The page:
Skip to 2 minutes and 55 secondsSo, regarding relevance, I think this is really where the practitioner needs to take the time to understand the business and the risks they face; understand where the emergency plan is going to add the best value. Culture in all the organisations I've worked in, heroic recovery has been the standard response. An incident will occur that may have been preventable, huge numbers of people will come together and all help to try and resolve the issue. It will be done in an effective response, but it will not be very efficient. That is where the emergency plan has the best value. Regarding keeping it alive, the practitioner really needs to be mindful of understanding how the business operates.
Skip to 3 minutes and 34 secondsNot everyone is going to want an 80-page plan, some people are going to want 4 simple steps of what to do next and they will need to access that via their phone or their tablet, so you really need to be mindful to work alongside the way the business works, day to day. The best way to gain buy-in for emergency arrangements in an organisation is to take the time to understand the business areas needs and risks. From there you can demonstrate the value add that emergency planning can bring to help that business to continually operate during times of a disruption.
Skip to 4 minutes and 6 secondsKeeping emergency plans alive in an organisation can be a challenge, but there are a number of steps you can take to make sure that they remain relevant and front of mind and that is achieved by making sure that those people have a role in the plan are trained and looked after. It isn't about catching anyone out, it is about giving confidence to individuals in the business who will know their responsibilities when an emergency occurs. The second one is bringing all those individuals together to exercise them in a larger-scale exercise and then thirdly when that is over, you can promote the findings and the experiences across the wider organisation, to demonstrate that you've taken emergency planning seriously.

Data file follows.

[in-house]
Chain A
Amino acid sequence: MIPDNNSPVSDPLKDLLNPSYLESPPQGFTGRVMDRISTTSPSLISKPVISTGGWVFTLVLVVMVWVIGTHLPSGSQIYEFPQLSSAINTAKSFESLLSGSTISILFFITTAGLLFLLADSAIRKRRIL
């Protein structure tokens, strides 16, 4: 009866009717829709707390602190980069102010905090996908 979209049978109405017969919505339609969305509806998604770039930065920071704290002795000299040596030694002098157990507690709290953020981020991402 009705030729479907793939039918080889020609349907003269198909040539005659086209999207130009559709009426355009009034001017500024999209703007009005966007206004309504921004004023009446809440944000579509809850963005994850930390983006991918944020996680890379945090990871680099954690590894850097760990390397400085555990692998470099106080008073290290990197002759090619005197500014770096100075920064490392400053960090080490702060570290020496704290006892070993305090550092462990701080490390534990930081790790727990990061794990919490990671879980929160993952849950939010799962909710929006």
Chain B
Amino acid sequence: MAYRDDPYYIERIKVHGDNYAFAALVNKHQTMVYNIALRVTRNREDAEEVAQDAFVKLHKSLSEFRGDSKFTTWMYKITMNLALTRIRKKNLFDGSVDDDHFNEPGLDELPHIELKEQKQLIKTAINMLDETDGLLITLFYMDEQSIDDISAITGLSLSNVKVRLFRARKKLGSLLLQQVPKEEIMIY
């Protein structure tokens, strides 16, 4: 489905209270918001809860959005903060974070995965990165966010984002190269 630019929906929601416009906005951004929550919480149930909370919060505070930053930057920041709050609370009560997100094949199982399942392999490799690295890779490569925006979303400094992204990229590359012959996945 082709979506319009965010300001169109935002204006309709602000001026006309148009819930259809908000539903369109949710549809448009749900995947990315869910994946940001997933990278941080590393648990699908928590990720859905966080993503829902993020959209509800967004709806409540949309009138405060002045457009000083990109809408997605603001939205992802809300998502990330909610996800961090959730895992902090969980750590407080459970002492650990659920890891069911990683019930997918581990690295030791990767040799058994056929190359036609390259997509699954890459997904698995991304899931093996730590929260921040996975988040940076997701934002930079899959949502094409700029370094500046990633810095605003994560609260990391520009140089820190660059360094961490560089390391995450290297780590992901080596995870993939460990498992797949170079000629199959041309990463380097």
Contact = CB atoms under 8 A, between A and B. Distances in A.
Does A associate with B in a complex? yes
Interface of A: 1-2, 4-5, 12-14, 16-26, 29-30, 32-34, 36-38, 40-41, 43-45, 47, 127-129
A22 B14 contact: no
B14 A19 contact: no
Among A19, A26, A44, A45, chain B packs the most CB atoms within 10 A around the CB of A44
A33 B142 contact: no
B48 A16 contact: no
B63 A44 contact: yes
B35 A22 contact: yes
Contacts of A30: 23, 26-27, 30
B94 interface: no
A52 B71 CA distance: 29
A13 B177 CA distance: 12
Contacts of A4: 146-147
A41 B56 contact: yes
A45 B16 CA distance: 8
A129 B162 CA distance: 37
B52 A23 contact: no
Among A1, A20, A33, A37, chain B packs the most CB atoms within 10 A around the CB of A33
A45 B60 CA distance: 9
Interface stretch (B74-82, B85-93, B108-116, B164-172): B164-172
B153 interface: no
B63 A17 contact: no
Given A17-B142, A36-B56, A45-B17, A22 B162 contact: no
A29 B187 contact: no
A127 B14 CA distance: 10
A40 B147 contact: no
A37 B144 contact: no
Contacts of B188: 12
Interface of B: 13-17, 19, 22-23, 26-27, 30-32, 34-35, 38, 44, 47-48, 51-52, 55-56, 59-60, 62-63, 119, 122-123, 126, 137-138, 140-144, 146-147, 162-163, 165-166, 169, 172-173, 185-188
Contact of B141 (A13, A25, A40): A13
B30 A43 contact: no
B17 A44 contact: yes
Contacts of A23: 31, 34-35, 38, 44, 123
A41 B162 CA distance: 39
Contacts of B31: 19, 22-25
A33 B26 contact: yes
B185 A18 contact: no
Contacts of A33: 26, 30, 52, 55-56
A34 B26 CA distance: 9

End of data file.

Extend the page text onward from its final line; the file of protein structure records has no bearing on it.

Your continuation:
Skip to 4 minutes and 47 secondsWhen I moved into the emergency planning arena,
Skip to 4 minutes and 51 secondsI wish I was told the following: The first one is you must be resilient, because emergency planning is not always at the front of peoples' minds in the business. You will be greatly helped if the business has suffered a large-scale incident because people will be thinking of it. The next thing is you really need to understand who your stake-holders are and take the time to understand their business areas and their concerns. From there, gain that buy-in, and then start to develop those plans, train the individuals who's involved, rehearse the wider plan and continually review it to keep it front of mind.
Skip to 5 minutes and 26 secondsIf you have all those components, and you take the time to keep the plan relevant, you'll be successful on emergency planning.
Key elements for successful planning
You have now seen some of the key stages required to prepare an emergency plan. How is this carried out in practice?
John Lee currently works with the John Lewis Partnership, where he is responsible for developing the organisation’s capability to respond to disruptive challenges. He has also carried out similar roles in Coventry Building Society, Severn Trent Water, and the National Grid.
Watch this interview in which he shares what he thinks are the key elements in preparing an emergency plan.
- Who might be the stakeholders for an emergency plan in your organisation?
- How would you improve stakeholder buy-in?
- Do you think that there are any other important challenges that are not covered in this interview?